There may have been years when the Hawaiian Islands would have won the Olympics without help from the Mainland.  It should be an inspiration to island peoples everywhere that swimming championships can become part of the way of life in island recreation.

Soichi Sakamoto (USA)

Honor Coach (1966)

The information on this page was written the year of their induction.

FOR THE RECORD: Great Hawaiian coach who developed many of the world champions between 1948-1956.  All of his swimmers became National Champions during this period.

Soichi Sakamoto is the great coach responsible for modern Hawaiian swimming success.  Hawaiian swimmers dominated the sport from 1912, but Buster Crabbe, in the 1932 Olympics, was their last champion of that long illustrious era.

Then came a drought and Japanese-Hawaiian Sakamoto, starting with children in an irrigation ditch, was developing new ideas of pace and rhythm with a metronome.  His young swimmers were not the greats of Punaho School, then and still going on to Yale, but a new breed of public school swimmers going on to Ohio State and Indiana–Hirose, Nakama, Smith, Konno, Oyakawa, Onekea, Cleveland, Woolsey, Tanabe, Miki and the girls Kalama Kleinschmidt, Kawamoto and Hoe.  All became national champions, most made the Olympic teams of 1948, 1952 and 1956.

During this period, Sakamoto was sought out by swimmers all over the world, journeying to Hawaii in search of the magic touch.  They found technique, method dedication and conditioning, which produced champions at all strokes and distances, but as the coach told all in his somewhat difficult-to-understand English, “Magic, No!”

“The swimming stroke is a ‘working tool’,” says this master coach, “and therefore it must be one which must be sound in its practical use–to get the most out of a given effort.  It must be simple and efficient, and one which can be controlled at will by the individual. . . Swimming with and not against the water.”

“Patience, above all, is tantamount and a rule,” Sakamoto continues, “as improvement, growth, speed and success come only at a snail’s pace.  First, it is learning to swim, training and conditioning, competing and going through the bitter experiences of defeat and chagrin.  The light of success comes only when everything seems hopeless and wasted.”

Takashi “Halo” Hirose (USA)

Honor Pioneer Swimmer (2017)

The information on this page was written the year of their induction.

FOR THE RECORD: 1938 NATIONAL AAU MEET: 2ND (200m freestyle); 4TH (100m freestyle); 1939 NATIONAL AAU: 4TH (100m freestyle); 1940 NATIONAL AAU: 2ND (100m freestyle); 1941 NATIONAL AAU: 1ST (100m freestyle, 800m freestyle relay); 1940-44 MEMBER OF THE MYTHICAL OLYMPIC TEAM, WHICH WAS NOT ABLE TO COMPETE DUE TO THE WAR; 1946 BIG TEN: 1ST (100yd freestyle), NCAA: 1ST (100yd freestyle), OHIO STATE UNIVERSITY: WON BIG TEN, NCAA AND AAU TEAM CHAMPIONSHIPS, 3 TIME ALL-AMERICAN; 1987: INDUCTED INTO OHIO STATE’S SPORTS HALL OF FAME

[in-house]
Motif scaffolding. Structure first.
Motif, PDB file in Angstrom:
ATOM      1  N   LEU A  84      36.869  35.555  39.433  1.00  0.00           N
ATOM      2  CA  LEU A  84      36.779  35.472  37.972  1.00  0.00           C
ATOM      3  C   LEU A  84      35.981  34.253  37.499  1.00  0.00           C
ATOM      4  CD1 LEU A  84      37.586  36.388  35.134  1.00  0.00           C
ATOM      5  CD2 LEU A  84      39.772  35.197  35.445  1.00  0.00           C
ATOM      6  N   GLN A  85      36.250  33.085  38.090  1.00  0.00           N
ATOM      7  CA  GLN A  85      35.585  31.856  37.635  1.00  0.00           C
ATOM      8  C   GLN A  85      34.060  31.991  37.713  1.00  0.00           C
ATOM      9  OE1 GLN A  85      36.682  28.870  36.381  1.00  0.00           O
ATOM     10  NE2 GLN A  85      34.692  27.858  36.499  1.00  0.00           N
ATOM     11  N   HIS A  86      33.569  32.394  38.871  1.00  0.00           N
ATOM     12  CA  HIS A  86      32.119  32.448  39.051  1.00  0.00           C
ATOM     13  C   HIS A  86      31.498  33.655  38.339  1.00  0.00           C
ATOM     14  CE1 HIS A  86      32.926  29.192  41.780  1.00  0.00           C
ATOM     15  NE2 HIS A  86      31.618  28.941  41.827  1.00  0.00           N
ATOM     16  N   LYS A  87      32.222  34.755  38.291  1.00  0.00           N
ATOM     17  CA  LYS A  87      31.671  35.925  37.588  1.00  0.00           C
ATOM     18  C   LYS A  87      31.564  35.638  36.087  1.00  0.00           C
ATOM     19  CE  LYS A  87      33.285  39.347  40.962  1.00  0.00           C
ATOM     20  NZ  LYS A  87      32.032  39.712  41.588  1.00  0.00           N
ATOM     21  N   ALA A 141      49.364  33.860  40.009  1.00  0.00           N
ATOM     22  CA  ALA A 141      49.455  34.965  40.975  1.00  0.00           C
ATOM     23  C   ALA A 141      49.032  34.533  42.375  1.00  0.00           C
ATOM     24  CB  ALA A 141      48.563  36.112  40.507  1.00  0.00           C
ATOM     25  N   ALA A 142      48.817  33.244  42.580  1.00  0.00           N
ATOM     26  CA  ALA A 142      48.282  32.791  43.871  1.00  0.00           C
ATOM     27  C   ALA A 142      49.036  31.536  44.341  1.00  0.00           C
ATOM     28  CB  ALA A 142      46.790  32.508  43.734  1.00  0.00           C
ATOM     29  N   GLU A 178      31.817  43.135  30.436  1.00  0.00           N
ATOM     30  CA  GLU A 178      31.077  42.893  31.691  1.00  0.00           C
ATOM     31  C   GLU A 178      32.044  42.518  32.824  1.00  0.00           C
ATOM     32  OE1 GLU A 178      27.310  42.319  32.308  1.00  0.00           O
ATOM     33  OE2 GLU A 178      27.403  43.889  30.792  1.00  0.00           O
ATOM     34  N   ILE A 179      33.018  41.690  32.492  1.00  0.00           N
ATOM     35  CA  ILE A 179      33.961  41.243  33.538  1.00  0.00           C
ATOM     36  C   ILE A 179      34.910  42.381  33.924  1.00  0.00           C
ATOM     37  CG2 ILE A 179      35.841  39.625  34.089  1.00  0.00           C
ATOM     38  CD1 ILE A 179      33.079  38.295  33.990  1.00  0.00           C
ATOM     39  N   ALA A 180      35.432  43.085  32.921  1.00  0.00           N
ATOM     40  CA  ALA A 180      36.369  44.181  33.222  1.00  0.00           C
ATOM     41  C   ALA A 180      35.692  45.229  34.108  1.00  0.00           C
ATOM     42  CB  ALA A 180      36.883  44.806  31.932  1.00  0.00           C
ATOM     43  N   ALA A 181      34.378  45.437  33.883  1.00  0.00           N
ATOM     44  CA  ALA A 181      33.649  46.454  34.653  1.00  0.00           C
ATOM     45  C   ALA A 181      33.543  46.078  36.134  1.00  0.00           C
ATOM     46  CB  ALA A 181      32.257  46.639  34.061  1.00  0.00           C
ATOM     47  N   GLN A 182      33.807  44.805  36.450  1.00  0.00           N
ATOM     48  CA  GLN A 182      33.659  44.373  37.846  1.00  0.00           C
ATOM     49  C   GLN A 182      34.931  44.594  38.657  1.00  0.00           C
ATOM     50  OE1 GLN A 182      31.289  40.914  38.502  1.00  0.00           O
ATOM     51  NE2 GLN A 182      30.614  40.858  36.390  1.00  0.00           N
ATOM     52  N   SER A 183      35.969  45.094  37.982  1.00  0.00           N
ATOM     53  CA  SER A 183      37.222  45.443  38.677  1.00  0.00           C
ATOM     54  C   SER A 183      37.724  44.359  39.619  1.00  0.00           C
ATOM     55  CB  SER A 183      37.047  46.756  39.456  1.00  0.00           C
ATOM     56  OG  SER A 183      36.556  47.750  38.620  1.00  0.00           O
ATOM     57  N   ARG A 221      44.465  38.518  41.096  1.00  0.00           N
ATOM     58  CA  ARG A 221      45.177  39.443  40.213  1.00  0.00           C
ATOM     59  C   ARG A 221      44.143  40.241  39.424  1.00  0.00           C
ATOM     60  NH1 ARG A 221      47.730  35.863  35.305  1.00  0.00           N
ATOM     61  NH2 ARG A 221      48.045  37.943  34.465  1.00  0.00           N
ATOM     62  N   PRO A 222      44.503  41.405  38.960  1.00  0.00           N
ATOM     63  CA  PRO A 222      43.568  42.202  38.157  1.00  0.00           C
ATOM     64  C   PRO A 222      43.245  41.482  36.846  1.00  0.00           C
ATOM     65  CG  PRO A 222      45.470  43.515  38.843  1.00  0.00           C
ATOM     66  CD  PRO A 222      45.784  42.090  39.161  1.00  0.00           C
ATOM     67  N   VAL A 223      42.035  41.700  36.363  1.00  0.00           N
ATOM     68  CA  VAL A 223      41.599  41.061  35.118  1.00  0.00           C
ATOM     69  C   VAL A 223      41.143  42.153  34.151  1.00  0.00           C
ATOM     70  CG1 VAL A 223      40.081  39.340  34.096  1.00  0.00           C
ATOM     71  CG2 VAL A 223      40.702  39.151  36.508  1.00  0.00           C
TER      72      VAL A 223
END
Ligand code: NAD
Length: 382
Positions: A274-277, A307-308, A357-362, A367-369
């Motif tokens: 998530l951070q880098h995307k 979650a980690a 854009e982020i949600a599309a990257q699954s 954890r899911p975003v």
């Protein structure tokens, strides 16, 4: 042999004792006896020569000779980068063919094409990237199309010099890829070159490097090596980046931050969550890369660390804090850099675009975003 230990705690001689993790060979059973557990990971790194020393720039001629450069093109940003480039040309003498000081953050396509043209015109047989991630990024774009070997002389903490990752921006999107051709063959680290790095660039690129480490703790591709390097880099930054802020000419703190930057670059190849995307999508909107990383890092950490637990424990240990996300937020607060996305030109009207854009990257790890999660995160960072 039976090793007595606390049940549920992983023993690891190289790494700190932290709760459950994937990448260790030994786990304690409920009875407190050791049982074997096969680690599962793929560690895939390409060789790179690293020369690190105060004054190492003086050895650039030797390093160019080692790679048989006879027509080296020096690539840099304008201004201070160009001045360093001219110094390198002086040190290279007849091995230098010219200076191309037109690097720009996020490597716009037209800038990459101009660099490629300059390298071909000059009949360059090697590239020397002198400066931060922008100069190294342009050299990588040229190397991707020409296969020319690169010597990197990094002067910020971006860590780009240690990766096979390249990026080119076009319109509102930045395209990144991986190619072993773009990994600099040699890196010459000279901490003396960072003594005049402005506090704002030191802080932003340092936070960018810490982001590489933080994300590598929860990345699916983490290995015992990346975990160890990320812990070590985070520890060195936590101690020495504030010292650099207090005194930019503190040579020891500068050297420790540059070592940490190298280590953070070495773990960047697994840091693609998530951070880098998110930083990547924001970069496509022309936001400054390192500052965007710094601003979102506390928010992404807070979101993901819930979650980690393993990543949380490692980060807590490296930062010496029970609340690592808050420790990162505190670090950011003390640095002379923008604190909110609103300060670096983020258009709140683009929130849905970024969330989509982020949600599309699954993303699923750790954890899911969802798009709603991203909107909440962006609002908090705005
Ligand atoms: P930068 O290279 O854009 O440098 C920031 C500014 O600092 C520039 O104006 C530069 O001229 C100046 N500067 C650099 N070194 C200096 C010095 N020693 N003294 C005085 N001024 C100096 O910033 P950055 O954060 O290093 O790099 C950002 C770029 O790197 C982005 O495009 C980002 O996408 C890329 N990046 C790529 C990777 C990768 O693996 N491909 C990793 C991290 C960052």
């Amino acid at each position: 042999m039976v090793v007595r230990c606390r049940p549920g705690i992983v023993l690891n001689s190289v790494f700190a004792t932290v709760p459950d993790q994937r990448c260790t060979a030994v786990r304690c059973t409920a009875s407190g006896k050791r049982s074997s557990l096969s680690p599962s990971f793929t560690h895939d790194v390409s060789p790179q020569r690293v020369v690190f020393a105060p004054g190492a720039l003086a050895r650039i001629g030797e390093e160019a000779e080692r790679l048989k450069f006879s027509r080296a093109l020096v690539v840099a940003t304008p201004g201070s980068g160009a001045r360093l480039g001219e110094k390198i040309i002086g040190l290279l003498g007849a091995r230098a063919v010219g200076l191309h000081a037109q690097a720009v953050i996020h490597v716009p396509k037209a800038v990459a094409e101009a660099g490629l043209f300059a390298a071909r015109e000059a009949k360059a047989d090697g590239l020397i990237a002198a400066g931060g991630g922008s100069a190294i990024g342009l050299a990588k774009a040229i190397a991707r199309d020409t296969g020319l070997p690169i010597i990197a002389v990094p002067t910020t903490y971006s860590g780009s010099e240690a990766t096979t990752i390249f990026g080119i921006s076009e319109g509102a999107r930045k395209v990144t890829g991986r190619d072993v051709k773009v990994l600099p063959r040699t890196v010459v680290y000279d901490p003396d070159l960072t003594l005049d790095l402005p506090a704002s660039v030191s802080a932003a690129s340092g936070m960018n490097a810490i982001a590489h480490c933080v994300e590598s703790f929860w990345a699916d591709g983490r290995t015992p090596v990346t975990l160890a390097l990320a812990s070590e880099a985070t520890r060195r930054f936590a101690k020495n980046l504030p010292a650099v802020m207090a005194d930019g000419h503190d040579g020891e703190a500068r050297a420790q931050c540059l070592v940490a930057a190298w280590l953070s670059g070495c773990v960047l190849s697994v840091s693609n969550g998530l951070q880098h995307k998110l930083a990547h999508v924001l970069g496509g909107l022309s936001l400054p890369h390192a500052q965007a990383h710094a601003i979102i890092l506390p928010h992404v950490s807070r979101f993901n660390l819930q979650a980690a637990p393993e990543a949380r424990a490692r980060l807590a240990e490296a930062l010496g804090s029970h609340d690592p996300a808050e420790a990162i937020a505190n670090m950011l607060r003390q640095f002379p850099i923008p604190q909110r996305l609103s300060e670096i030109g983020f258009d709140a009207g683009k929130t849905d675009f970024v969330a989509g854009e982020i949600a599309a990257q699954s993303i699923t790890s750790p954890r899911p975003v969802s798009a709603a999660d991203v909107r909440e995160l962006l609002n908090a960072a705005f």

He learned to swim in the irrigation ditches of Maui’s Pu’unene’s sugar plantation, where his parents worked as laborers. Watching over him and the other kids was Soichi Sakamoto, one of their elementary school teachers.

Sakamoto knew nothing about swimming, but in time, he would come to be regarded as a coaching genius. In 1937, he dared to dream that some of his “ditch kids” could represent the USA, in the home of their ancestors, at the 1940 Olympic Games in Tokyo.

Just one year after “coach” started his “Three Year Swim Club”, 15 year-old Takeshi “Halo” Hirose placed second in the 200m freestyle at the US Nationals, finishing just inches behind the great Adolph Kiefer. This earned him a spot on the US team that toured Europe and the distinction of being the first AJA (American Japanese Asian) to represent the USA in international competition.

During the tour, Halo became the first AJA to set a world record, as a member of the USA’s 4x100m freestyle relay team, at a meet in Germany.

At the 1939 Nationals, Halo was selected along with Maui teammate Keo Nakama for the US team that participated in the Torneo Panamericano de Nation in Guayaquil, Equador – a forerunner of the Pan American Games. Shortly before that meet, in the face of an international boycott, the Japanese Olympic Committee announced it was giving up the Games for financial reasons, owing to its costly war with China. While Finland was an eager replacement, the outbreak of WWII dashed Halo’s Olympic dreams. It was little consolation that he, along with his Maui teammates, Keo Nakama and Fujiko Katsutani were selected for the USA’s “mythical” 1940 Olympic Team.

After he won the US National 100m title in 1941, came Pearl Harbor, and once Japanese Americans were permitted, he volunteered to fight in Europe as a member of the 442nd “Nisei” Regimental Combat Team. On the battlefield he gained almost as many honors as he had in swimming events in Hawaii, the USA, South America, Germany, Austria and Hungary. A member of a machine gun platoon through some of the heaviest fighting in France and Italy, Hirose received five battle stars, the combat infantry badge and a Presidential Unit Citation. In November of 1944, he contracted “trench foot” during deployment in France and was paralyzed from the hips down. It was feared that he might lose his feet. Although he recovered the use of his legs after six months in rehabilitation, he would feel the effects of “trench foot” for the remainder of his life.

After the war, Hirose followed his Maui teammate, Keo Nakama to the Ohio State University where he became a three-time All-American for the Buckeyes. Although he was an NCAA champion in the 100m freestyle and helped Ohio State win the Big Ten, NCAA and AAU team titles, Hirose had been denied his opportunity to swim in the Olympic Games in 1940 and 1944, and his war injuries no doubt affected his chances to make the US team in 1948. The story of Halo resurfaced when author Julie Checkoway published the remarkable story of The Three-Year Swim Club and the men and women who brought national and international acclaim to the island of Hawai’i and the USA.